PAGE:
By Bridget Kelso, member of the 2009 Emerging Writers Group
Procrastination. You are the siren call that lures me away from all the important activities and projects that must be accomplished. Our love affair started in college, where I discovered that I could actually research and write a twenty page paper in 24 hours, and get a decent grade. To this day, my brain has become so accustomed to generating great ideas at the last minute that it continues to be the best way for me to work. Unfortunately, it wreaks havoc on my nerves, and damn near kills me. You ain’t no good for me baby, but I can’t put you down.
Two weeks before the deadline:
I’ve got a play draft due in two weeks. (Or maybe a blog post – this one actually). It’s all pretty much written in my head. I jot down a brief outline of what I want to write. Maybe even a few lines of dialogue. But the Olympics are on. Who can resist that? And I’ve got two weeks. My draft will only add about 4 or 5 pages to my script. It’s already written in my head, so it’ll only take one or two nights to get it onto the page. And did I mention that the Olympics are on?
One week before the deadline:
Well, I really should get down to work. I stare at the pages. And then go on Facebook for a minute, just to clear the cobwebs out of my head. Usually I spend a few minutes a day in the morning or the evening checking my newsfeed. (I’m lying. I’ll sometimes spend hours there, but that is not the focus of this article. I will deal with the love that must not be named some other time.)
Five days before:
“This is ridiculous” I tell myself. “You had two weeks, and now you’re going to be rushed.” But five days is five days. I turn the laptop on, but I don’t even open the document. Instead, I play some solitaire or Words with Friends, “to get the juices flowing.” Yeah right. Nothing gets written. I realize that I’m losing some of the stuff that was “written in my head.” And even worse, Procrastination’s evil twin, Easily Distracted, has arrived. I can’t focus on anything. The deadline looming is like a monkey on my back. Why did I do this to myself? Never mind. It’ll come to me. Is xypy a word?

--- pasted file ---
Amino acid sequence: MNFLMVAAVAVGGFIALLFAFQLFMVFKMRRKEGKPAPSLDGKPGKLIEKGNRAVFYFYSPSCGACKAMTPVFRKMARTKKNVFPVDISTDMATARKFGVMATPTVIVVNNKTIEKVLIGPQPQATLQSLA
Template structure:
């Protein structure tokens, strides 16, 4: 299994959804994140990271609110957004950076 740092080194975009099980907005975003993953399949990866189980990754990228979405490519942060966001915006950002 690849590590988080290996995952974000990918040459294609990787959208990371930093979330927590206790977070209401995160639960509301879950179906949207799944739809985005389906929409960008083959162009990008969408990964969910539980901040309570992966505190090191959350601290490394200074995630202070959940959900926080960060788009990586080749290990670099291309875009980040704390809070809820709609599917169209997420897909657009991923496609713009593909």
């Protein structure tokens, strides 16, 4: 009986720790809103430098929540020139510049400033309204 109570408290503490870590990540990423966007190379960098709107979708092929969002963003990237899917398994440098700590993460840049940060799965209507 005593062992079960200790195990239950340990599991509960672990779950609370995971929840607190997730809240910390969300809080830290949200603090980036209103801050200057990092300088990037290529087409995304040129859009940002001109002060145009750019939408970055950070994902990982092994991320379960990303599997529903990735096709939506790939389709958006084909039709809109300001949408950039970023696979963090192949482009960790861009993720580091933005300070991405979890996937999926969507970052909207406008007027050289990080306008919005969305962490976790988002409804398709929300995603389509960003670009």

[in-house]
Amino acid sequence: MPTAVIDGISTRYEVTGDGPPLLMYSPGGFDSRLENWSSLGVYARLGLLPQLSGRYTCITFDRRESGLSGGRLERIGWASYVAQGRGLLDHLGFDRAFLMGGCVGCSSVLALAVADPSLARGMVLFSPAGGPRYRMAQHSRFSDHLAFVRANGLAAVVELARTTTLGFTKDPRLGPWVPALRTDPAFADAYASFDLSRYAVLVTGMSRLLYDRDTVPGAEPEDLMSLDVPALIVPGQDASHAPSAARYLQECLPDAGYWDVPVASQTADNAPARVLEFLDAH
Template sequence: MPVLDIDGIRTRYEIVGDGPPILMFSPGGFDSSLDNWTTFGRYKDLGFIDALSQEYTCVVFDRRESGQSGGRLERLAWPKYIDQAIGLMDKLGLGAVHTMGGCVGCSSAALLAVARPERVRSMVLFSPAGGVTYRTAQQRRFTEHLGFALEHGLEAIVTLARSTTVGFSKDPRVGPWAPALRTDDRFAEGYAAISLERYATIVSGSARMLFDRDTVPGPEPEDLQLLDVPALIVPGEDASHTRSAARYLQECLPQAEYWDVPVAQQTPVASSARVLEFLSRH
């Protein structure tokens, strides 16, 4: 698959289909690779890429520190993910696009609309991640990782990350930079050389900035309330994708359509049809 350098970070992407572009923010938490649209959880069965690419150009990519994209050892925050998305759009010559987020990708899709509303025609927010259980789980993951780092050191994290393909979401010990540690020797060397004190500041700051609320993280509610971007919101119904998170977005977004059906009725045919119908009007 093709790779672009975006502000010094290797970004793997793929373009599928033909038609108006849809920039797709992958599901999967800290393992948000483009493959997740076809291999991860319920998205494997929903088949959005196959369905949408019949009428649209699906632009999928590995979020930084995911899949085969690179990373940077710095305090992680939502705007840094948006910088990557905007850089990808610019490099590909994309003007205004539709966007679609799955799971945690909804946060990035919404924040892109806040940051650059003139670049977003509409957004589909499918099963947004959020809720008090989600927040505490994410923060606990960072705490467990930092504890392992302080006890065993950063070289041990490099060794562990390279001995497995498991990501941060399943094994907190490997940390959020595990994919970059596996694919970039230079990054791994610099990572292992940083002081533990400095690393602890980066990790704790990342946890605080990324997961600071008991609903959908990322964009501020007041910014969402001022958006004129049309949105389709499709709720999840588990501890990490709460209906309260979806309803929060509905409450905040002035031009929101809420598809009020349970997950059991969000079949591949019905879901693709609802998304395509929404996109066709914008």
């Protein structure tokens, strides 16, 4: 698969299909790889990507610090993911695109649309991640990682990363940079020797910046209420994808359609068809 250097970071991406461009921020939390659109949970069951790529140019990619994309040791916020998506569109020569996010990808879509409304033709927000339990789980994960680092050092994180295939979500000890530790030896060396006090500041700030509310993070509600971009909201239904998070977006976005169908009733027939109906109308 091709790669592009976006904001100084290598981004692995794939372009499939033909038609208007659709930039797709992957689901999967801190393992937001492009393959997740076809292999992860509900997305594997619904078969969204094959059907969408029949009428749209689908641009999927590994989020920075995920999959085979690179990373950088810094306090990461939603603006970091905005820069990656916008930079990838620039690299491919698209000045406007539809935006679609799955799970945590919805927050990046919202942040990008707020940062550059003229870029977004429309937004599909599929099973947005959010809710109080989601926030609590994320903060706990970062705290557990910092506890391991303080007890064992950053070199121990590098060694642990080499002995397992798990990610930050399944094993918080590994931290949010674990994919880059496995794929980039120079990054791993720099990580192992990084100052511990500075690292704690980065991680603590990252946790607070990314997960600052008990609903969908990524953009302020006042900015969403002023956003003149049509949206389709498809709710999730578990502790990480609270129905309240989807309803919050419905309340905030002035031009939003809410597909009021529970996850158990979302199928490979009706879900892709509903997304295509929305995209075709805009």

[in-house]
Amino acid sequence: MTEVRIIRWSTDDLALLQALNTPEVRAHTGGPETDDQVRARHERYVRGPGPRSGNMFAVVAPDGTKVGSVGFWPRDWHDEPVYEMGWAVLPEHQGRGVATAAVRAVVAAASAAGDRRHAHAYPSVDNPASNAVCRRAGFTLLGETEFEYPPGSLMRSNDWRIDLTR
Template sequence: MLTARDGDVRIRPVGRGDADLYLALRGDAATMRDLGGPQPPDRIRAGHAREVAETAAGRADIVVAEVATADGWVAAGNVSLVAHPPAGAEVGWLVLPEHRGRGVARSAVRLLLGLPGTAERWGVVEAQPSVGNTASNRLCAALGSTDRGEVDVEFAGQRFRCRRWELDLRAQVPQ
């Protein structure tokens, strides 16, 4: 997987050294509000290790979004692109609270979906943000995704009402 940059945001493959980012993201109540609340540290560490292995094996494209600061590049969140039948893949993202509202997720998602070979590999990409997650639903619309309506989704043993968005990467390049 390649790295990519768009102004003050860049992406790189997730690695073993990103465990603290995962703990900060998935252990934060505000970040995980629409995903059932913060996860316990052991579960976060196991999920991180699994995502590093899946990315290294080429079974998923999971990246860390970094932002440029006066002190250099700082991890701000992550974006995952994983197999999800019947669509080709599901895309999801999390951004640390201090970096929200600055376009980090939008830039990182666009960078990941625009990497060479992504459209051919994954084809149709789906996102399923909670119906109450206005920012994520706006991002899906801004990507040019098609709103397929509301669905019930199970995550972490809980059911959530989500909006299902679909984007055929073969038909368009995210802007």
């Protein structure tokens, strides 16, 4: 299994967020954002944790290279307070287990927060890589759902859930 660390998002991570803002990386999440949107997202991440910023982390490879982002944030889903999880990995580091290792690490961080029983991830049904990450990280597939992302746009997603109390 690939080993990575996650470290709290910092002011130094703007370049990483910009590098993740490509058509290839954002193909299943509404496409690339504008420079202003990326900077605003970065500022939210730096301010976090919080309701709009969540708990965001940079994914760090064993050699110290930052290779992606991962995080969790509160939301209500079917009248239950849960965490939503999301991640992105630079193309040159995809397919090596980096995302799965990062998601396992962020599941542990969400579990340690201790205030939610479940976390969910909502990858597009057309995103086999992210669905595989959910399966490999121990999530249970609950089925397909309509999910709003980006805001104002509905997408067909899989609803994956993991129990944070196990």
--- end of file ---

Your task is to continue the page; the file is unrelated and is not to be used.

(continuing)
Two days before:
This is absolutely the last block of time in which any reasonable writer would allow themselves to accomplish a task. At this point, I could conceivably still take my time and get the draft done. All I have to do is plan accordingly. I put my son to bed, grab a light snack (maybe some cheese and crackers), and turn my laptop on. After an hour of my fingers hovering over the keyboard and watching TV (“I’ll write during the commercials,” I tell myself), I realize – I got nothing. There is nothing in my head. And there is nothing new on the page.
The night before:
Out of desperation, I just start typing. I end up hating what I’ve written, but it’s too late. I have a crazy busy day tomorrow and know that I won’t get a moment to write. So I’ll just have to go with it. It’s not bad, but it’s not my best work. I don’t have that feeling I get when I know something rings true. I’m missing that feeling of smug satisfaction when I’ve written something that’s so good, it surprises even me.
Two hours before I need to email my revised draft:
This is it. I can either hunker down and get this thing together, or turn in the crappy, sloppy work I slapped together last night. And suddenly, it kicks in. Those elusive lines that have been missing since they first appeared in my head now jump onto the page. I keep one eye on the clock, and continuously readjust my time needs: “I can keep writing for another half hour and take a quick shower and be out the door in an hour.” Forty-five minutes goes by, and now the half hour needed for the shower has been reduced to 10 minutes, because the stuff I’m writing is LEGENDARY, and I cannot stop. If I had started earlier, I’m not sure the writing would have been this good. There is something so very satisfying about that last-minute brain surge. If writing this way is wrong, then I don’t wanna be right...
Bridget Kelso is an Adjunct Lecturer at the City College of New York. She will get back to working on her solo performance piece entitled SLIDE SHOW: THE EVOLUTION OF RADICAL FEMINIST THEOLOGY, as soon as she...
This post is part of a weekly series from the Emerging Writers Group community of playwrights. The EWG is two-year playwriting fellowship at The Public Theater seeking to target playwrights at the earliest stages of their careers. In so doing, The Public hopes to create an artistic home for a diverse and exceptionally talented group of up-and-coming playwrights.